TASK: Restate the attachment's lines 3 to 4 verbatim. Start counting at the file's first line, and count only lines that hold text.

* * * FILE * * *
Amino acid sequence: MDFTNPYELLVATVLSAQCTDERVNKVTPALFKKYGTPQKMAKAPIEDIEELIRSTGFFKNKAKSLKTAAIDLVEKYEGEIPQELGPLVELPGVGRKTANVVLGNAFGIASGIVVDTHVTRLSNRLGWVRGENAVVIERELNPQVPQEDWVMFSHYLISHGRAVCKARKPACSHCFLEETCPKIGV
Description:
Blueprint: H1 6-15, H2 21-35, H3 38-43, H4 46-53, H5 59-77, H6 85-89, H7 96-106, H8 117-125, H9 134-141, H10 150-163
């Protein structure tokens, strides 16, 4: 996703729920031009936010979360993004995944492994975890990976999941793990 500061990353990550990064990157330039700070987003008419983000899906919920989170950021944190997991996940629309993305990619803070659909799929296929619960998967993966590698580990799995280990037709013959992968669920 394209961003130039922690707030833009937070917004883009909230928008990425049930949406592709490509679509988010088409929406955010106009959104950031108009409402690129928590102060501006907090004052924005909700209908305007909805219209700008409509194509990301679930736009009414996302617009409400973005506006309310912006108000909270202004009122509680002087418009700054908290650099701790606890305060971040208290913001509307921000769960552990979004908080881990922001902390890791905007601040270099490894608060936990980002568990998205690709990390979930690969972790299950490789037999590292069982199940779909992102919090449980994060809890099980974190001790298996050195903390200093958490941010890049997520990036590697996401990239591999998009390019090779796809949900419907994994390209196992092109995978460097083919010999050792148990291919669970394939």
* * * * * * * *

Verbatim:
Blueprint: H1 6-15, H2 21-35, H3 38-43, H4 46-53, H5 59-77, H6 85-89, H7 96-106, H8 117-125, H9 134-141, H10 150-163
């Protein structure tokens, strides 16, 4: 996703729920031009936010979360993004995944492994975890990976999941793990 500061990353990550990064990157330039700070987003008419983000899906919920989170950021944190997991996940629309993305990619803070659909799929296929619960998967993966590698580990799995280990037709013959992968669920 394209961003130039922690707030833009937070917004883009909230928008990425049930949406592709490509679509988010088409929406955010106009959104950031108009409402690129928590102060501006907090004052924005909700209908305007909805219209700008409509194509990301679930736009009414996302617009409400973005506006309310912006108000909270202004009122509680002087418009700054908290650099701790606890305060971040208290913001509307921000769960552990979004908080881990922001902390890791905007601040270099490894608060936990980002568990998205690709990390979930690969972790299950490789037999590292069982199940779909992102919090449980994060809890099980974190001790298996050195903390200093958490941010890049997520990036590697996401990239591999998009390019090779796809949900419907994994390209196992092109995978460097083919010999050792148990291919669970394939």